The rock garden


Botanic gardens are in a unique position to improve our understanding of the plant kingdom, addressing some of the most urgent issues of our time. Almost every answer to the challenges presented by climate change and the biodiversity crisis requires a better understanding of how plants function and evolve, and in particular, how they respond to environmental and climatic conditions.

Stock Beds

The six principles that guide our work

The Garden is managed to maximise ecological resilience, focusing on our niche as a garden of temperate plants but without an exclusive focus on native plants, or pre-conceived ideas of ecosystem integrity. We find all plants fascinating, whether they are pavements weeds or canopy trees, and our habitat management will allow multi-trophic interactions and communities to develop and be measured.

The Garden aims to demonstrate sustainable best practice across all areas of the institution, decreasing our footprint whilst inspiring positive change in others. To do this, we study research questions which allow us to understand how the distributions of plants are changing as a response to climate change and how we can predict likely impacts on their range. These climate-plant dynamics are critical to contemporary conservation – with associated thorny questions of assisted migration and selective breeding – as the changes become more pronounced.

To be a living, dynamic testbed for trying out new methods and techniques which can be usefully scaled to contribute to the ecological resilience of the ecosystems around us. By working with partners as part of a network of linked sites, we are building detailed and in-depth datasets through biodiversity monitoring, contributing to deeper understanding of eco-evo dynamics and more accurate ecological forecasting.

To be a hub for sharing knowledge and skills, and encouraging people of all backgrounds to develop creative and positive botanically inspired solutions to the problems that we face. We will provide quality information and advice on habitat management and green infrastructure development. The Botanic Garden draws on a combination of academic and practical skill sets, and is excellently placed for developing, testing and scaling management techniques which will contribute to some of the pressing issues facing us. Our environment is coming under increasing pressure to serve multiple purposes (eg carbon sequestration, biodiversity, ecosystem services etc) and a combination of ecological theory and practical vegetation management skills will be vital in balancing these demands.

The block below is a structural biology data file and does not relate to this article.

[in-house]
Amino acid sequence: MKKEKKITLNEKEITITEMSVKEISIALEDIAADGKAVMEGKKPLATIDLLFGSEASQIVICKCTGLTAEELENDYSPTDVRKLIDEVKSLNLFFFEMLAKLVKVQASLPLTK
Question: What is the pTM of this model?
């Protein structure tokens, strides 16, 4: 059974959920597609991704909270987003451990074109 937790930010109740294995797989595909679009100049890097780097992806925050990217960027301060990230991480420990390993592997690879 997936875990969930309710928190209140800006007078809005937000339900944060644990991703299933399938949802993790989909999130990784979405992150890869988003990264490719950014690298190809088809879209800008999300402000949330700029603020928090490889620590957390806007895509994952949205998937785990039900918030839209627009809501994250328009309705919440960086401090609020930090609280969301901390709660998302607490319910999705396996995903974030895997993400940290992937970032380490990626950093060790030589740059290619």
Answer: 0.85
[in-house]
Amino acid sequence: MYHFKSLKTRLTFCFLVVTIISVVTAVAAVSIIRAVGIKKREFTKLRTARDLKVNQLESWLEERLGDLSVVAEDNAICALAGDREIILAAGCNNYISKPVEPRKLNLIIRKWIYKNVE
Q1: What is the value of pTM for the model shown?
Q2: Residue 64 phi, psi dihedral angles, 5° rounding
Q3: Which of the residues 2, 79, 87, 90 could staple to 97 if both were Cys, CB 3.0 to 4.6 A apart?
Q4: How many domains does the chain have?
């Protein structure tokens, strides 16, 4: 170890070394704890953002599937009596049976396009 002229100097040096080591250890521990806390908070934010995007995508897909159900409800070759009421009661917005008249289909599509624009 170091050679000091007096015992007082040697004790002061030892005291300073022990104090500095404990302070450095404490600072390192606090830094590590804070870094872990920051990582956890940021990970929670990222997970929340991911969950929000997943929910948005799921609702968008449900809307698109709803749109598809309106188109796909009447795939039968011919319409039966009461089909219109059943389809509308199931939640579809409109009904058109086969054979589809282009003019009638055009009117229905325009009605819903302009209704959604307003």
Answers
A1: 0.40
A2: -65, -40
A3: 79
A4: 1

Our plant nursery and propagation facilities play an important role in sharing our resources and innovation. One of our key strengths as a Botanic Garden is the knowledge, skills and facilities to grow a wide range of unusual and specialist plants. We are harnessing this niche by propagating and sharing locally-fitted, biosecure plants, as well as developing our capacity to produce stock for conservation projects, ecological restoration and green infrastructure projects. Our ecophysiological research and commitment to benefit sharing will enable us to identify and propagate novel genotypes which will be optimally suited to novel planting conditions.

The garden must continue to be a place to draw hope, where visitors can find peace and inspiration, and where everyone feels welcome. By accepting that we cannot do everything, our focus will remain on doing the things which will have the greatest impact, whilst supporting others to do what we cannot.

St Andrews Botanic Garden is at the start of a journey that addresses some of the most pressing challenges of our time.

Working at the interface between design, ecology and evolution means that we take a landscape scale approach to botany.

We are working on five key projects that deliver our mission. Learn more about them here.